Intrinsic Evolution by Glenn Astarita
MegaphoneMore articles about Charlie Persip
AAJ: I saw you with that Dizzy big band that had just come off a State Department tour at a Carnegie Hall concert in 1958. That was the beginning of a very active period of recording for you. You're the drummer on one of my favorite big band albums from that time, Bill Potts's The Jazz Soul of Porgy and Bess. What do you remember about that date?
CP: That was a heckuva album. I had an incident on that record date that really propelled my reputation and gave me a lot of good publicity out of doing something bad. It was scheduled for three dates at Webster Hall in Manhattan, each from 9 a.m. to noon. United Artists didn't want to go over budget so it was to be four tunes per date. On the first day we only did three tunes. The second day was a Tuesday and I had played Monday night at Birdland and overslept; got to the record date at 10:30. Everybody hated me. As soon as I walked into the date the musical director said "Take One". I just walked in and sat down and since the band had already rehearsed without me we just hit it. And we did five tunes that day. He never thought that he would ever congratulate somebody for being late, but he said that was one of the greatest exhibitions of sight reading he'd ever seen. And because of that and some dates I'd done with Johnny Richards Orchestra at Birdland, my stock really went up because of my reading ability. So I made a lot of money, but it didn't really do a lot for my artistic benefit. Buddy Richrecommended me for Harry James's band behind my work on that Potts album. Buddy was always very good to me.
AAJ: How did you get to be such a good reader?
CP: Mainly because I objected to the word that was going around that jazz drummers couldn't read well. Then it translated into black drummers couldn't read well. I totally took umbrage to that. I said OK I'm gonna be the best reader in the landI'll fix you. I spent many hours practicing, I took music books to bed with me to read instead of novels. I was fighting the fight for the good name of black jazz drummers.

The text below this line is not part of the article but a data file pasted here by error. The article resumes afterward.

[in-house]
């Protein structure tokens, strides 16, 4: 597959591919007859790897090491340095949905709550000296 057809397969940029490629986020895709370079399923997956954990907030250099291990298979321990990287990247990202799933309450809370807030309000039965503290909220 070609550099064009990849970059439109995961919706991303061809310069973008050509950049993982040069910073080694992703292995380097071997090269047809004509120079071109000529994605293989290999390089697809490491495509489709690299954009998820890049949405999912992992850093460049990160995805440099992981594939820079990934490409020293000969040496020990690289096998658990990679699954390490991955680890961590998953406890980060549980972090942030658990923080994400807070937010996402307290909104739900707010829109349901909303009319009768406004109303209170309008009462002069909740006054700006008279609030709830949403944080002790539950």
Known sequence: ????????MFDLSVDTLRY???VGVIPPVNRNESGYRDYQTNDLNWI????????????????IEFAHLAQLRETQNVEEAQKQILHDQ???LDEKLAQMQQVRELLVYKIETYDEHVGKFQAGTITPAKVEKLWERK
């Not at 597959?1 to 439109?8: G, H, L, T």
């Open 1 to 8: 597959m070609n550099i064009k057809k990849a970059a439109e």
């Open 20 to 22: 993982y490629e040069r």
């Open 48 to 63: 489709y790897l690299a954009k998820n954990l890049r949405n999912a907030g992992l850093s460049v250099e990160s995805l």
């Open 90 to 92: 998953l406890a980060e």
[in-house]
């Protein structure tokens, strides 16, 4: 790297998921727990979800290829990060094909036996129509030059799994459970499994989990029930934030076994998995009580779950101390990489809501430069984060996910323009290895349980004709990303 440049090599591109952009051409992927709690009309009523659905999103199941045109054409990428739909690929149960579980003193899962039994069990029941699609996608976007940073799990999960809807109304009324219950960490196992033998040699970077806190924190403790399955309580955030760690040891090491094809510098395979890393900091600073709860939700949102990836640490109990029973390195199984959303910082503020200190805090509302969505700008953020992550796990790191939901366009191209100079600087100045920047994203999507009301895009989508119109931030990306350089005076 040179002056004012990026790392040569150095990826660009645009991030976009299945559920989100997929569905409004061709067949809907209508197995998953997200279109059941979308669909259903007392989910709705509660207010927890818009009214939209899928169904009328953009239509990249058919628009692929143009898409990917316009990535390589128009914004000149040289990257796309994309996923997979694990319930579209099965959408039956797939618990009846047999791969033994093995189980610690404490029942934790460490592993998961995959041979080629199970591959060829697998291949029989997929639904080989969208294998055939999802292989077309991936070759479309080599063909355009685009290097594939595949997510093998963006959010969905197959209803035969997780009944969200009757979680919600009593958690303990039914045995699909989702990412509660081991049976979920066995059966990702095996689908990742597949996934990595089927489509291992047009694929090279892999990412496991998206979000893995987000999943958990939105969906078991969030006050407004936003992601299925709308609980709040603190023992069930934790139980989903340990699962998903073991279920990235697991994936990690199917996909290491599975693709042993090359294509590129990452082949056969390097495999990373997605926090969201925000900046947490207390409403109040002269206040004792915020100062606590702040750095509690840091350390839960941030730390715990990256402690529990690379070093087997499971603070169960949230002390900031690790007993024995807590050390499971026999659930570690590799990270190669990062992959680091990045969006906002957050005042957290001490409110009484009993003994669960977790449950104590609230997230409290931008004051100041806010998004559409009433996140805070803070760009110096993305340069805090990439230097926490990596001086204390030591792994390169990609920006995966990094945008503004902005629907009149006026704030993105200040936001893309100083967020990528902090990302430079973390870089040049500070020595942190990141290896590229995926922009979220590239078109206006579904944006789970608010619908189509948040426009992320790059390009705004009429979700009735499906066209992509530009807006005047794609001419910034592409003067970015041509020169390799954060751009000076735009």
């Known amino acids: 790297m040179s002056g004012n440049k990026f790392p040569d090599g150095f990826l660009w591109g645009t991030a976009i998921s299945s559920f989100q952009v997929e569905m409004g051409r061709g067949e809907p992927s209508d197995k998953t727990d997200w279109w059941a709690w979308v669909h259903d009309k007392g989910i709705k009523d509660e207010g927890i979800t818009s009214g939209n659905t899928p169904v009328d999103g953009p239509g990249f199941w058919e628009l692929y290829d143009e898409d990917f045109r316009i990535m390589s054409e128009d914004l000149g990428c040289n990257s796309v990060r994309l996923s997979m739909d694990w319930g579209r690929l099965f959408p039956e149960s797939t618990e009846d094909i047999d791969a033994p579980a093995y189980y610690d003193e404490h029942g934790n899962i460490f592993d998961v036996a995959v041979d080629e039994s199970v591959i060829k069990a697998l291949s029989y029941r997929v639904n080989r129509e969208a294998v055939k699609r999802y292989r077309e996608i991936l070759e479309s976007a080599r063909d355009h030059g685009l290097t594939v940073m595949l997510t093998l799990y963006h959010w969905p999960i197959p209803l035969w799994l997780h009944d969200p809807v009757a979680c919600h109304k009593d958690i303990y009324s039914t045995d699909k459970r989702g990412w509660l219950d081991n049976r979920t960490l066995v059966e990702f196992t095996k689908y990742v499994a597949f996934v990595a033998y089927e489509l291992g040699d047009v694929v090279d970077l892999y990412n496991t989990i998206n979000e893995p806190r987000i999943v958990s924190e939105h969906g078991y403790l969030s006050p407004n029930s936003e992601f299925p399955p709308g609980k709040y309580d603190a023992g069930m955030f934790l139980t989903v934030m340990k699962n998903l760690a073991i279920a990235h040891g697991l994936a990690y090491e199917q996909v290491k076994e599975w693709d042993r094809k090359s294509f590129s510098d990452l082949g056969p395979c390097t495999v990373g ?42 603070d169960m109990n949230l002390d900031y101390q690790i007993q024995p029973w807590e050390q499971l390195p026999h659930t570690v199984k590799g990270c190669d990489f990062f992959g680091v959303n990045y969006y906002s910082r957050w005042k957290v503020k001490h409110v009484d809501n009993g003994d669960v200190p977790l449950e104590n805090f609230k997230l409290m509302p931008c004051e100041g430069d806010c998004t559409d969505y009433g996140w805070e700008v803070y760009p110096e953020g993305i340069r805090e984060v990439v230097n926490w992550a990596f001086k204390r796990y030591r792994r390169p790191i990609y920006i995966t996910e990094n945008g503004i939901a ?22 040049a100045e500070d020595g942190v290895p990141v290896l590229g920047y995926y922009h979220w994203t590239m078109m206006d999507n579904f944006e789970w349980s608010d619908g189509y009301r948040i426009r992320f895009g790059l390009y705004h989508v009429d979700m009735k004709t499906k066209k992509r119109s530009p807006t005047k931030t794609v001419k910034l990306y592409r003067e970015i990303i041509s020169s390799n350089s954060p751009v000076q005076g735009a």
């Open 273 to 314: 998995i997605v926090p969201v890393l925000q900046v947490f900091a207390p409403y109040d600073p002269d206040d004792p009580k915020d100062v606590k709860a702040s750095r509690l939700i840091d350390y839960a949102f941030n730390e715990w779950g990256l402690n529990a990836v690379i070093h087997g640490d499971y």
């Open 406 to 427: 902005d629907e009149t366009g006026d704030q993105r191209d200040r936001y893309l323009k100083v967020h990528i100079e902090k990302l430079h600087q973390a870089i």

AAJ: You learned some of that in school, right?
A. No, actually I never studied any instrument when I was in school. I was self-taught. Learned mostly the parade stuff first. When I got to school I really wanted to play football. Went to West Side High School (in Newark) because Arts High didn't have a team. The West Side football team wasn't any good and neither was I. In my junior year I joined the marching band and that was a lot of fun because I'd never played in any kind of band before. I used to go see the big bands at theaters; the Adams Theatre was my real university when it came to how to play big band drums. That and listening to a lot of records my older sister had. During my last year at West Side the music department formed a stage band and I tried out for it and made it. That was the first time I found myself in a big band situation and that did it for me, I made up my mind there and then that I was going to be a professional drummer.
AAJ: So you went to Julliard.
CP: That was later. Once I got out of high school I was playing around Newark, there were still a lot of little bands around town. I studied with a private teacher, Al Jamanski, who got me to improve my technique and put me on the road to reading. Then I played the R&B chitlin' circuit up until the early '50s then joined Dizzy right after that and that was my first chance to play bebop. Wade Legge was the pianist and baritone saxophonist Sahib Shihabwas in that quintet too. Everybody is dead except me. It's kinda sad you know. One of the reasons why I don't like to spend a whole lot of time talking about what I used to do is because so many of the people I worked with are gone. And the young kids they want to know about and see something and it's hard to get through to them when you talk about people who are gone they can never see.
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